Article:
Ankylosing Spondylitis

     Ankylosing spondylitis (AS) is a chronic inflammatory disease of the axial skeleton, manifested by back pain and progressive stiffness of the spine. Characteristically, it affects young adults with a peak age of onset between 20 and 30 years, however an untreated disease may be also diagnosed in the mid 40 to 50 years of age. The name for the disorder is derived from two Greek words: "ankylos", which means bent or crooked and "spondylos", which refers to a vertebral bodies or the vertebral column. The term "ankylosis" therefore refers to a fibrous or bony bridging of joints. In the spine this includes bridging of one or more intervertebral bodies. In the sacroiliac joints (SI joints) the inflammation and fibrosis may produce high pain at the connection level of sacrum (tail bone) with the Ilion (pelvic bone). Hips, knees, ankles, as well as big tendons like Achilian tendon are frequently involved in the disease progression. In addition, other organs, such as the eyes, lungs, and heart, can be affected. AS is one of the spondyloarthritides (SpA) which show inflammation around the enthesis (the site of ligament insertion into bone) and an association with the human leukocyte antigen gene named HLA-B27. Other forms of spondyloarthritis include reactive arthritis, psoriatic arthritis, juvenile spondyloarthropathy and the axial arthropathy associated with inflammatory bowel disease.

Clinical presentation

     As with any chronic inflammatory disease, patients with AS may have fatigue and malaise. Disturbed sleep, caused by back or joint pain at night, as well as an excess of cytokines release from the overactive immune cells may contribute to the fatigue. Fever is an infrequent but not absent manifestation of AS in adults. Low back pain in the vertebral area (cervical thoracic, lumbar) or SI joints are most frequently present, sometimes with an unbearable intensity. Chostochondritis (rib cage pain) with a limited chest expansion, hip, knee, ankle, shoulder pain, feet pain associated to plantar fasciitis and inflammation with pain in different tendons (tendonitis), muscle fascia (fasciitis) and periarticular bursa (bursitis) are also frequently present. Most of the patients are unable to bend down below the level of the knee because of the loss of spine mobility (Shober test); the Si joints and the lumbar spine are very sensitive at local compression or by legs bending (Patrick sign); in the advanced forms of disease, do to the loss of cervical spine mobility, the standing patient along the wall is unable to touch the wall with the head (“occiput to wall” test). The imaging techniques which have been used to assess the SI joints include scintigraphy, ultrasonography, plain radiography, conventional tomography, computed tomography and MRI. X-rays of the lumbar spine and SI joints are able to identify fibrosis, extra-bone formation or bony erosions only in the advanced forms of disease (Stages III and IV) when the joint mobility is already compromised. Therefore the initial imaging changes (Stage I of disease) are seen by MRI (bone marrow edema) or by Echo-Doppler ultrasonography (new vessel formation in the cortical bone) which are now highly recommended for an early detection of AS.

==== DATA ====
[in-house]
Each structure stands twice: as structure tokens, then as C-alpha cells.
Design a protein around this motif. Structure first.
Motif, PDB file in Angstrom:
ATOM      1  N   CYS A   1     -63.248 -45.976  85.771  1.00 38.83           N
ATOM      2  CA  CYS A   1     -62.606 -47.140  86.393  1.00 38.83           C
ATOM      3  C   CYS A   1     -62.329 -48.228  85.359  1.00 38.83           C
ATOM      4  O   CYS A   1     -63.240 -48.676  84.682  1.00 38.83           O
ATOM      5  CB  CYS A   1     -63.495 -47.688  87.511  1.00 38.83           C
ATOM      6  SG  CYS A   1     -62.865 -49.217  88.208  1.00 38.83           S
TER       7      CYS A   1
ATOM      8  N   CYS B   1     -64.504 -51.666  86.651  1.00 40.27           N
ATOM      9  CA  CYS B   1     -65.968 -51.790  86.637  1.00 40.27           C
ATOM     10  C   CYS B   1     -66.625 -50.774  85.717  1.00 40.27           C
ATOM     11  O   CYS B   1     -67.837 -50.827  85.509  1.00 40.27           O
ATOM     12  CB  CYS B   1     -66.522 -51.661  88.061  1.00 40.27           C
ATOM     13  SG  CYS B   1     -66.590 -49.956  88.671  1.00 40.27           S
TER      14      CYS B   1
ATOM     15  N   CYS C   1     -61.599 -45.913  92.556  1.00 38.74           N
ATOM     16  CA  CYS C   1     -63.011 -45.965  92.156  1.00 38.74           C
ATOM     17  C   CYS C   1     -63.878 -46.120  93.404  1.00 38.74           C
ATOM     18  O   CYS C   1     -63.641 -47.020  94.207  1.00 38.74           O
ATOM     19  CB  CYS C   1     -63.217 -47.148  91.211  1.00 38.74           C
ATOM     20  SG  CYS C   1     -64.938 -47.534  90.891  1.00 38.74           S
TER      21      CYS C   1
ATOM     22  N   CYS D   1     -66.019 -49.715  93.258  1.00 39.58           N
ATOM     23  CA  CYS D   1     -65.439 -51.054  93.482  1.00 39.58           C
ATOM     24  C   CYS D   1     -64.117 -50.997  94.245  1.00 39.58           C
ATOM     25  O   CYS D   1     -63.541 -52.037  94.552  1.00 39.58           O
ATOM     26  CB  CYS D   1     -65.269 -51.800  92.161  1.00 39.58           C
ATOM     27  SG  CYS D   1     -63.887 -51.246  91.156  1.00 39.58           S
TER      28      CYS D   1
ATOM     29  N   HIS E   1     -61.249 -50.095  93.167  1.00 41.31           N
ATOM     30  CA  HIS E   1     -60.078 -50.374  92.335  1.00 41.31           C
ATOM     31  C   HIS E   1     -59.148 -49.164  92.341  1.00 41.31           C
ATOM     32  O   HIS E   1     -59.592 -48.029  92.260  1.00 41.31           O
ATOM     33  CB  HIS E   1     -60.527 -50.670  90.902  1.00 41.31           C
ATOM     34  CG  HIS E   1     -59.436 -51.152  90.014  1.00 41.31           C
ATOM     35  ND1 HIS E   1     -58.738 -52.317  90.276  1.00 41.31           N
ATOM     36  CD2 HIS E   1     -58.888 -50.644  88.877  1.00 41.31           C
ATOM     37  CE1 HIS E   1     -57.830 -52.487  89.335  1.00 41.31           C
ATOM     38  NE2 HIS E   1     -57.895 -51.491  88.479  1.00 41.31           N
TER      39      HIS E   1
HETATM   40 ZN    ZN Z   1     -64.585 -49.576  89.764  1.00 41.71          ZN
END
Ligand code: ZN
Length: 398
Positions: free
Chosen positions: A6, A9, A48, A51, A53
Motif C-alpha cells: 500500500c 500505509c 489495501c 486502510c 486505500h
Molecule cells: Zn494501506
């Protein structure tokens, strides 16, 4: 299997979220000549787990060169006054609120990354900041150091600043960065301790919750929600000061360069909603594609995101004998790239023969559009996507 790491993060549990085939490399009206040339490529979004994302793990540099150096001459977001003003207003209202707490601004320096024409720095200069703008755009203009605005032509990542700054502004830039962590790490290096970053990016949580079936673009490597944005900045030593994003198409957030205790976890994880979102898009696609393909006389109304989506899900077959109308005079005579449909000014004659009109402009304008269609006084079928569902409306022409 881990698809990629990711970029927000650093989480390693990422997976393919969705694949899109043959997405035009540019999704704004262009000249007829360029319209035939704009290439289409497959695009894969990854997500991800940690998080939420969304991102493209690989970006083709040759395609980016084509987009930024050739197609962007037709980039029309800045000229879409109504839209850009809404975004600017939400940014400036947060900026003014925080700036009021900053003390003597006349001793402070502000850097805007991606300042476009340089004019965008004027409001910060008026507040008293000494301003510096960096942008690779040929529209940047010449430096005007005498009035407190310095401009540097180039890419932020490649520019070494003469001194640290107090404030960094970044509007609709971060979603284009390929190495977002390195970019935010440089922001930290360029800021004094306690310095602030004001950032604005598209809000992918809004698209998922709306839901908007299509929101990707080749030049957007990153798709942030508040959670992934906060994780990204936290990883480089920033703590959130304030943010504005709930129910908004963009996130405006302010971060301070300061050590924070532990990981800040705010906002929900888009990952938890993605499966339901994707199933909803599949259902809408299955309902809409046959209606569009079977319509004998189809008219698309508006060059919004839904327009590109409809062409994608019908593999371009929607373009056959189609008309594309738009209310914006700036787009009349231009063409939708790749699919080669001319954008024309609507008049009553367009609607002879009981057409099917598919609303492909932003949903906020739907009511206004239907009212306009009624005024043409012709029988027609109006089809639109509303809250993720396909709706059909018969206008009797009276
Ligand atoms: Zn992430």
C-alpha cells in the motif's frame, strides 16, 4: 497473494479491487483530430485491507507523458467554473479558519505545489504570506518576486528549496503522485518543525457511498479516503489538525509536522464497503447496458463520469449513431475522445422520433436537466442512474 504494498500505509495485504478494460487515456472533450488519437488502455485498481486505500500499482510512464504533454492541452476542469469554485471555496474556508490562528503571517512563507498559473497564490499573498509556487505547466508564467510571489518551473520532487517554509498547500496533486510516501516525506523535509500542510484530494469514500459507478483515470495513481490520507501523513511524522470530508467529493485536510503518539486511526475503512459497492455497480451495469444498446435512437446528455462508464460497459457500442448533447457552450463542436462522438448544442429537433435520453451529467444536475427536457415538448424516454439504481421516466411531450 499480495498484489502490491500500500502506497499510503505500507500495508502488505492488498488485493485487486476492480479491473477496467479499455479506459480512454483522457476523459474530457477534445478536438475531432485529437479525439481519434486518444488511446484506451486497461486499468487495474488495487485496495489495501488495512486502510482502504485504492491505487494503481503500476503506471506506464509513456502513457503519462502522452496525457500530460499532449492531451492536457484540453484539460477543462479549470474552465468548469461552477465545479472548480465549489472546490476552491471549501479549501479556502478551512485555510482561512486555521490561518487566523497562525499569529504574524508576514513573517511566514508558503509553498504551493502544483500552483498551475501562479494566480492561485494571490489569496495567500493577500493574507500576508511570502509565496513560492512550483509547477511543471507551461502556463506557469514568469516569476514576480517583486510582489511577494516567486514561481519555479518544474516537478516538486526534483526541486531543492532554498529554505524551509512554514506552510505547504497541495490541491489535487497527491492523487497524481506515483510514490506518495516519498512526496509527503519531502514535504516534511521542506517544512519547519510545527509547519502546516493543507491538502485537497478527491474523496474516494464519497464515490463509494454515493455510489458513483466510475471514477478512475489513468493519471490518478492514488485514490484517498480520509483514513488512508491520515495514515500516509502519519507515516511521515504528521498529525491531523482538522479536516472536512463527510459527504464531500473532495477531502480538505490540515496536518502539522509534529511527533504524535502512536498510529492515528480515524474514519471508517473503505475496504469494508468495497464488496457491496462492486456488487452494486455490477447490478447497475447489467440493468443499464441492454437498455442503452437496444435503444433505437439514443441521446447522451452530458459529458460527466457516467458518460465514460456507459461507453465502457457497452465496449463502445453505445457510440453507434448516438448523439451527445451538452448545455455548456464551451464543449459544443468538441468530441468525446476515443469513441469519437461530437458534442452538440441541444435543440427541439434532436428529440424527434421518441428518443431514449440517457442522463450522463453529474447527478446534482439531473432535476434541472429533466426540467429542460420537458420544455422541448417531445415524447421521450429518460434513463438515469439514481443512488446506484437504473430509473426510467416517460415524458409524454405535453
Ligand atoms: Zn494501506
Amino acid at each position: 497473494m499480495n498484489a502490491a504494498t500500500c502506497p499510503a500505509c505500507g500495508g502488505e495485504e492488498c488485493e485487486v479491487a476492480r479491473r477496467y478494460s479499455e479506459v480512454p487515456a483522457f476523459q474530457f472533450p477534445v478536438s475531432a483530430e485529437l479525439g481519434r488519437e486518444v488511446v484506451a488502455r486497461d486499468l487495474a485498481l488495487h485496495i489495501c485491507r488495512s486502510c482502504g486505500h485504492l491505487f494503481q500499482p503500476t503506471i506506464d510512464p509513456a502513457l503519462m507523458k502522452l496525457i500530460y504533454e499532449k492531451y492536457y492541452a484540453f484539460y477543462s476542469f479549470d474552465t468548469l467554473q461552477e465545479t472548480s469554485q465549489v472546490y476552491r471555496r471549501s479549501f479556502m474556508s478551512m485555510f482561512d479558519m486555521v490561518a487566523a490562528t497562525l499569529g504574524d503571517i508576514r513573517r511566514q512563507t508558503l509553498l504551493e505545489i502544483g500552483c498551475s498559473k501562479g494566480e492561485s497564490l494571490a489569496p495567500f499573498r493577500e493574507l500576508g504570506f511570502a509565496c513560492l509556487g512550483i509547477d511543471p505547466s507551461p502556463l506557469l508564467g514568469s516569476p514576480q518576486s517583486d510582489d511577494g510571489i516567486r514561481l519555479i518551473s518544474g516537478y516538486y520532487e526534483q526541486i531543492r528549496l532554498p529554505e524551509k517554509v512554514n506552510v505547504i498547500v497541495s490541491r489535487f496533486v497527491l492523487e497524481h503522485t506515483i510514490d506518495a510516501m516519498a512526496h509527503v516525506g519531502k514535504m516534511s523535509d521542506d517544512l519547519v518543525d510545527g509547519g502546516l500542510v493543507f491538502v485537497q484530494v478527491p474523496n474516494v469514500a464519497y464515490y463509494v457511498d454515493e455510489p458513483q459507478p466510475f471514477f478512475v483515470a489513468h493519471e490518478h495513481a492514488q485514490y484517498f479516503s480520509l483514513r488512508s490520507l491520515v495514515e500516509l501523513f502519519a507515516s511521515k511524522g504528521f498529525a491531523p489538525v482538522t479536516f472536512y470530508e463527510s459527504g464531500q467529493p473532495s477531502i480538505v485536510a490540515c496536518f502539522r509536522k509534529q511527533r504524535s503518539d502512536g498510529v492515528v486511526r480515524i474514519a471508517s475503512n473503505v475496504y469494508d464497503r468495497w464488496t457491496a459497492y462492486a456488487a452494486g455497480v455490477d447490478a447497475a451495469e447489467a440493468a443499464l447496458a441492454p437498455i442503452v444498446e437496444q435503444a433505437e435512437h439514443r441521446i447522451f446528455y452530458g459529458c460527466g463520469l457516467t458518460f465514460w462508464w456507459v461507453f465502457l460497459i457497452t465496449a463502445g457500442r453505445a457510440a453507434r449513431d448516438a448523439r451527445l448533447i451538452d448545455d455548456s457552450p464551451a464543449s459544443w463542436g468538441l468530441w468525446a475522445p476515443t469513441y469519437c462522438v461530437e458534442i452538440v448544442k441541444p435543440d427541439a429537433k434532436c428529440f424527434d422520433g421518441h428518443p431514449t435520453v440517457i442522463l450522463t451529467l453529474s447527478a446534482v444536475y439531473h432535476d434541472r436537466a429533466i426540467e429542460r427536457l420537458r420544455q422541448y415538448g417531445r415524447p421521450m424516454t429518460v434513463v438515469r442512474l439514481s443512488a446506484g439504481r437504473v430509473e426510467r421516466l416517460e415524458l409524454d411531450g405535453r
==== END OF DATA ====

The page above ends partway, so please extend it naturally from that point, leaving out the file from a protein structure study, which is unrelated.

Exercise and medications are the two major options of AS treatment.

  • Exercise - home-based or supervised exercises by physical therapy programs, can help maintain the function and relief the symptoms, however cannot stop the progression of the disease. Exercises include postural training, range of motion stretching and recreational activities; swimming and other types of hydrotherapy (hot tub bath) or aquatic pool therapy, are highly recommended. In addition, pain relief measures such as local heat or cold can be given a trial. At a minimum, patients with AS should participate in an unsupervised home-based exercise program including stretching/relaxing movements of 10 to 15 minutes duration, twice a day, preferably in the morning and evening.
  • Medication - Nonsteroidal antiinflammatory drugs (NSAIDs) are efficient in 70 to 80 percent of AS patients who report substantial relief of their symptoms. NSAIDs should be the first line of treatment for all symptomatic AS patients. Analgesic medication may offer temporary relief from the pain, (especially during the acute attacks), but do not stop, prevent or reverse the course of the disease. Steroid therapy with prednisone and other cortisole derivatives is not efficient in AS, unless it is locally injected in the SI space or other affected joints.
  • Disease-modifying agents (DMARDs) - Prior to the discovery of the highly usefulness of anti-TNF therapies in AS, the disease-modifying agents had been demonstrated to be useful in blocking the progression and sometimes reverse the course of AS by reducing the chronic inflammation which is responsible for the disease progression and tissue damage. Sulfasalazine, Methotrexate or Leflunomide may be used before starting an anti-TNF agent, with moderate expectations to control the disease. Their use is similar and had the same scientific rational as the treatment of rheumatoid arthritis. However, the association of DMARDs with anti-TNF agents had an impressive efficacy not only in controlling the progression of the disease, but also in reversing its course with some partial or total recovery of the joints mobility.
  • Anti-TNF Biologic Medications – including Infliximab (Remicade), Adalimumab (Humira) or Etanercept (Enbrel) - are the state-of-the art, highly recommended therapeutic agents for AS, because of their efficacy in both stopping the progress and promoting the recover from AS disease which, if untreated, has such a high potential of rapid progressive disability. Their use and the scientific rational are similar to that of the rheumatoid arthritis treatment.

Additional information